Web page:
John F. Kennedy’s Diary Called Hitler ‘The Stuff Of Legends,’ Headed For Auction

The only diary maintained by the late President John F. Kennedy is headed for auction and some of its contents are very interesting, if not highly controversial. In it, JFK wrote about Adolf Hitler, who had just recently killed himself as the armies of his enemies closed in. Kennedy’s words about Hitler are shocking and although he didn’t openly praise the leader of the Nazi party for his horrific reign, JFK did say that he was the “stuff of legends” in an entry from 1945.

It was the summer of 1945 when Biography reports that John F. Kennedy made the controversial entry into his diary, just months after Adolf Hitler took his own life as the Soviet Red Army arrived in Berlin. Kennedy was a journalist at the time and had been traveling Europe after the downfall of the Nazi regime and of Hitler as the leader of Germany. It turns out that Kennedy didn’t believe the story that Hitler had killed himself and was dead. Instead, he wrote that the ousted leader would rise up again.

“He had in him the stuff of which legends are made,” Kennedy wrote about Hitler in his diary.

“Within a few years Hitler will emerge from the hatred that surrounds him now as one of the most significant figures who ever lived.”

Kennedy also said in that diary entry that Hitler “had boundless ambition for his country which rendered him a menace to the peace of the world, but he had a mystery about him in the way he lived and in the manner of his death that will live and grow after him.”

John F. Kennedy’s diary was later given to Deidre Henderson, a research assistant, who published the contents of JFK’s diary as a book called Prelude to Leadership in 1995. In a preface written by Henderson, she wrote, “There is a misty quality about these lines that makes them seem removed from the squalor nearby, Is Kennedy just drifting and dreaming?… Had he not heard of the death chambers yet?”

It seems plausible, just months after the death of Adolf Hitler, that John F. Kennedy may not have known all the horrors that Hitler bestowed on the world during his time in power.

“When JFK said that Hitler ‘had in him the stuff of which legends are made,’ he was speaking of the mystery surrounding him, not the evil he demonstrated to the world,” Henderson wrote in the auction notes that accompany JFK’s diary.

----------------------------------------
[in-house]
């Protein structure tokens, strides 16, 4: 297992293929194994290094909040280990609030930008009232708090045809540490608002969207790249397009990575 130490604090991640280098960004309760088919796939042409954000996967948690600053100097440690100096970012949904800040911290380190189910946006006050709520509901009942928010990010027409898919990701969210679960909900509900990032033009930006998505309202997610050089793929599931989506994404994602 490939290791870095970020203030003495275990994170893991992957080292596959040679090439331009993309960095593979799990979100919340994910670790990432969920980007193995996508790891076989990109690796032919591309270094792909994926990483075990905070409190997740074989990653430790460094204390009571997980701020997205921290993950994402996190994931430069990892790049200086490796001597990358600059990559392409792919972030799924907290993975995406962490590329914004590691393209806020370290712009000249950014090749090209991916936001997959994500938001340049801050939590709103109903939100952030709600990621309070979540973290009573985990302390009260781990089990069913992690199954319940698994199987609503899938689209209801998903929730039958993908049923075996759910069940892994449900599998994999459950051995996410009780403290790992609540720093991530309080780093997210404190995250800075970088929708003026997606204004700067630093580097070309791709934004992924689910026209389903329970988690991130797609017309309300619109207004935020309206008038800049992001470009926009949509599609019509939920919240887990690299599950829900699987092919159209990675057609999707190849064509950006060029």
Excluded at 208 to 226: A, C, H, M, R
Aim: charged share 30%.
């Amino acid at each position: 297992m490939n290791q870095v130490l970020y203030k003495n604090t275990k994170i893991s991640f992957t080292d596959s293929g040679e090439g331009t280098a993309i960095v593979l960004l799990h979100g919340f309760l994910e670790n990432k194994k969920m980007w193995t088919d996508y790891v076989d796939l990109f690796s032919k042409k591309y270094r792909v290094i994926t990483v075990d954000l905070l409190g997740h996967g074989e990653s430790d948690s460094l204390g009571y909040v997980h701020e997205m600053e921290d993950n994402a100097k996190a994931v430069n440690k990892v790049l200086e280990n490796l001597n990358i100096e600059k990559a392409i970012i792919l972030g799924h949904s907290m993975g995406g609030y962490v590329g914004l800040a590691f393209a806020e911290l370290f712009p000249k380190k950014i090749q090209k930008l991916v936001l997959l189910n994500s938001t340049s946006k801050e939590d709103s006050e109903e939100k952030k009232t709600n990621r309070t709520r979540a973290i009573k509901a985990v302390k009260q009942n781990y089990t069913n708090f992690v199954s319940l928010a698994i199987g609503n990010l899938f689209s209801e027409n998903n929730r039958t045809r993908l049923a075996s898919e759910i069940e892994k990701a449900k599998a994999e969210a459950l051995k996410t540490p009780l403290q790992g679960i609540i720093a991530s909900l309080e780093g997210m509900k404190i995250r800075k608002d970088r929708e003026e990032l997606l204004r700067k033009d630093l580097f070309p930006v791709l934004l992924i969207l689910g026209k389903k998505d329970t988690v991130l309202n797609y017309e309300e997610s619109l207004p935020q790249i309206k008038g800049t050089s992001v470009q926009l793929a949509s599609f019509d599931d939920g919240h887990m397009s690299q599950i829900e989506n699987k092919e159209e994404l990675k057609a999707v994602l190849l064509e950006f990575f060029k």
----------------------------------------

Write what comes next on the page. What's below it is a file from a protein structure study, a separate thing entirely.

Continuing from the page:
“Nowhere in this diary, or in any of his writings, is there any indication of sympathy for Nazi crimes or cause.”

Historians and those close to John F. Kennedy before his untimely passing have explained that the entry in JFK’s 61-page diary does not indicate a fondness for Adolf Hitler. He was not in awe or admiration of the former German dictator. Instead, it has been explained that Kenndy, who had visited the area where Hitler lived and died just months after his death, was trying to make sense of the World Wars that ravaged much of the world. He was trying to understand Hitler’s rise to power and how his legacy might continue on after his death, considering the mysterious way in which he lived as well as the shocking way that he died.

Digital Journal reports that John F. Kennedy’s fascination with Adolf Hitler may have been less idyllic than Henderson is letting on. They claim that previous JFK writings proclaimed Hitler to be the “right thing for Germany.” There are also claims that JFK may have commented on Nazi Germany, writing, “Nordic races appear to be definitely superior to their Latin counterparts.”

John F. Kennedy’s diary will head to auction at the RR Auction House on April 26. The priceless piece of American history is expected to bring in $200,000.

[Featured Image by Central Press/Getty Images]

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